More C++ Idioms/Construction Tracker

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Construction Tracker[edit]

Intent[edit]

To identify the data member that throws an exception when initialization of two or more objects in the constructor's initialization list can throw the same exception type

Also Known As[edit]

Motivation[edit]

When two or more objects are initialized in a constructor's initialization list and all of them can throw the same exception (std::exception), tracking which one of them failed become a tricky issue as there can be only one try block surrounding the initialization list. Such a try block has a special name called 'constructor try block', which is nothing but a 'function-try block'.

Solution and Sample Code[edit]

Construction Tracker idiom uses a simple technique to track successful construction on objects in the initialization list. A counter is simply incremented as constructors of objects finish successfully one-by-one. It cleverly uses bracket operator to inject the counter increments in between calls to the constructors all being invisible to the user of the class.

#include <iostream>
#include <stdexcept>
#include <cassert>
 
struct B {
    B (char const *) { throw std::runtime_error("B Error"); }
};
struct C {
    C (char const *) { throw std::runtime_error("C Error"); }
};
class A {
   B b_;
   C c_;
   enum TrackerType { NONE, ONE, TWO };
public:
   A( TrackerType tracker = NONE)
   try    // A constructor try block.
     : b_((tracker = ONE, "hello")) // Can throw std::exception
     , c_((tracker = TWO, "world")) // Can throw std::exception
     {
        assert(tracker == TWO);
        // ... constructor body ...
     }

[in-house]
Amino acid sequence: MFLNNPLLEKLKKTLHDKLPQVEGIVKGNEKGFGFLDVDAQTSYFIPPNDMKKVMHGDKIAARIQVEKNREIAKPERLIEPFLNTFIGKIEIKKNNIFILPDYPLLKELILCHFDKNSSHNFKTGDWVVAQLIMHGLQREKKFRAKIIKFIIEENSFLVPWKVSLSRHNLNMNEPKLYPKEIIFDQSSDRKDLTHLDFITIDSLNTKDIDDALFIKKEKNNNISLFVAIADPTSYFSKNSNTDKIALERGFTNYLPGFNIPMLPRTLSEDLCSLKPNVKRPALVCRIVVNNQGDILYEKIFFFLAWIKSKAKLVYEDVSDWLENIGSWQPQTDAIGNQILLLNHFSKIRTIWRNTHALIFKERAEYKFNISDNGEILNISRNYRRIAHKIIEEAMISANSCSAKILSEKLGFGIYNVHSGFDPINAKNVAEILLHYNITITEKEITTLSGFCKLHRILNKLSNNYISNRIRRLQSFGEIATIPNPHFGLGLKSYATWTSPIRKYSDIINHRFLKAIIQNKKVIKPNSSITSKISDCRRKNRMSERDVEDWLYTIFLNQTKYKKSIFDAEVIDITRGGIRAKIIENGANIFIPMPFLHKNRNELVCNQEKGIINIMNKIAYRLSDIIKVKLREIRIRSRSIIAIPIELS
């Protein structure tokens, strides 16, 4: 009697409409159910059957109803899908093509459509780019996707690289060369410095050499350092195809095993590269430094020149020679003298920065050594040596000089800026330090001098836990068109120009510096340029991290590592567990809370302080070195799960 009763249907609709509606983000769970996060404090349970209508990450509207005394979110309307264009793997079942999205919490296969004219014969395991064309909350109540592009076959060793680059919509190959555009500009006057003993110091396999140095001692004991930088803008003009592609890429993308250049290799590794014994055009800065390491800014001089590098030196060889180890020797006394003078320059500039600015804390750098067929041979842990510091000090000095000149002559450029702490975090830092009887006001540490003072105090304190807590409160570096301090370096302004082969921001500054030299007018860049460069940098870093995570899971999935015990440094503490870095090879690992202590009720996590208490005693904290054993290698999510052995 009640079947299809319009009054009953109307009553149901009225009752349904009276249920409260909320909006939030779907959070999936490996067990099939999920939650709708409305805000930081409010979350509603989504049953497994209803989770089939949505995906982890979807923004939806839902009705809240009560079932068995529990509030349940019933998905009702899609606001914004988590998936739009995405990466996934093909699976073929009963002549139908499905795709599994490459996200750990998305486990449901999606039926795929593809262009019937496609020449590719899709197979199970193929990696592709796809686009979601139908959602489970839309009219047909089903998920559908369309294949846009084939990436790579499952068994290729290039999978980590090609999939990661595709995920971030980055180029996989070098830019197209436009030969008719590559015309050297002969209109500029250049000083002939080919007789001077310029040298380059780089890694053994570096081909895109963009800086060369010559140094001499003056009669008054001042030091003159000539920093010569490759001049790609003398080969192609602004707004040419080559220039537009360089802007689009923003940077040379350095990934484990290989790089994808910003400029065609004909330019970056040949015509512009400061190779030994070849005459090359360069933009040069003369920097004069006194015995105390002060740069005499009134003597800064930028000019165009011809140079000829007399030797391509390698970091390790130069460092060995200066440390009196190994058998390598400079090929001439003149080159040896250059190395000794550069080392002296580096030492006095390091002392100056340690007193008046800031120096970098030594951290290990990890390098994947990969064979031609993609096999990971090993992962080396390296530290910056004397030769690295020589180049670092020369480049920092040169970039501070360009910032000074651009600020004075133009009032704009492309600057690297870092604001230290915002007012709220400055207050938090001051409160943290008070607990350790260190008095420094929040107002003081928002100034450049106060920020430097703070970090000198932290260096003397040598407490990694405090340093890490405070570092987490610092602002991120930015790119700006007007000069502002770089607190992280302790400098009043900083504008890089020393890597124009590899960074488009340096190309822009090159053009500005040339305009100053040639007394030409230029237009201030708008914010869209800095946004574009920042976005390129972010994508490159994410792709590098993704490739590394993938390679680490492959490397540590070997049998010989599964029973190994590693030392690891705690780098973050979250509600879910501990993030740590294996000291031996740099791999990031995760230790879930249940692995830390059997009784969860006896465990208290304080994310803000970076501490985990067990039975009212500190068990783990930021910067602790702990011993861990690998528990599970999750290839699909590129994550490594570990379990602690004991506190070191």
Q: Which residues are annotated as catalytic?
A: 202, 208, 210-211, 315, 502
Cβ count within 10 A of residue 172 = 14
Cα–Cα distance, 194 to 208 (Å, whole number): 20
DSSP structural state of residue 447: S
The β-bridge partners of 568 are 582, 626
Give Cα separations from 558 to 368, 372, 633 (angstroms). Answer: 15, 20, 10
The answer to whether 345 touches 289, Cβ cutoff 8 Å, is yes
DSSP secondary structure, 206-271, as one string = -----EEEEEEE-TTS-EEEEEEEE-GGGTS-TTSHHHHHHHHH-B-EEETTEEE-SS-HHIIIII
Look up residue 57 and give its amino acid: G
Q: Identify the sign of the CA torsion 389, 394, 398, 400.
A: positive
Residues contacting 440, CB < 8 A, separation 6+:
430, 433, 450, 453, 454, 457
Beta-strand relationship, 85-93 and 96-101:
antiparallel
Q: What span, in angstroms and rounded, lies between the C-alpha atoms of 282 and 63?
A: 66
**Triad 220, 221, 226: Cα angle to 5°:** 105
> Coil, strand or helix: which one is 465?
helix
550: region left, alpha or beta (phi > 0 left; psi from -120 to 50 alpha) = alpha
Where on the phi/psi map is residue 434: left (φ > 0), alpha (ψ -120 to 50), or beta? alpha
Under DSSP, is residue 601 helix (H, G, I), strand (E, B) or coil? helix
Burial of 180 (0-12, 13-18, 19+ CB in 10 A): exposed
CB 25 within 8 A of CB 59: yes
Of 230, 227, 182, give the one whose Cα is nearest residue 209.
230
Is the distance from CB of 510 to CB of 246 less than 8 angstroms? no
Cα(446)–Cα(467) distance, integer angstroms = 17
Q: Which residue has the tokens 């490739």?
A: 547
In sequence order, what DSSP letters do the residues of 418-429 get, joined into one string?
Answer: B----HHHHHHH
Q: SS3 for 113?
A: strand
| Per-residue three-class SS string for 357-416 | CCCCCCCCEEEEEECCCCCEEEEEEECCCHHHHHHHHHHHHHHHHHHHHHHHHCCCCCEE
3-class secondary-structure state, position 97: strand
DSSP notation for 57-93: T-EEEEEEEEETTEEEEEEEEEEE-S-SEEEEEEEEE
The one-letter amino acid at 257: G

catch (std::exception const & e)
     {
        if (tracker == ONE) {
           std::cout << "B threw: " << e.what() << std::endl;
        }
        else if (tracker == TWO) {
           std::cout << "C threw: " << e.what() << std::endl;
        }
        throw;
     }
};
 
int main (void) 
{
    try {
        A a;
    }
    catch (std::exception const & e) {
          std::cout << "Caught: " << e.what() << std::endl;
    }
    return 0;       
}

The double parentheses is how the bracket operator is used to place in the assignment to the tracker. This idiom critically depends upon the constructor of B and C taking at least one parameter. If class B and C does not take parameters, then an adapter class needs to be written such that it the adapter class will accept a dummy parameter and calling the default parameters of B and C. Such an adapter can be written using More C++ Idioms/Parameterized Base Class idiom using mixin-from-below technique. The adapter class can also be completely encapsulated inside class A. In the consturctor of class A, the tracker parameter has a default value and therefore it does no bother the user.

Known Uses[edit]

Related Idioms[edit]

References[edit]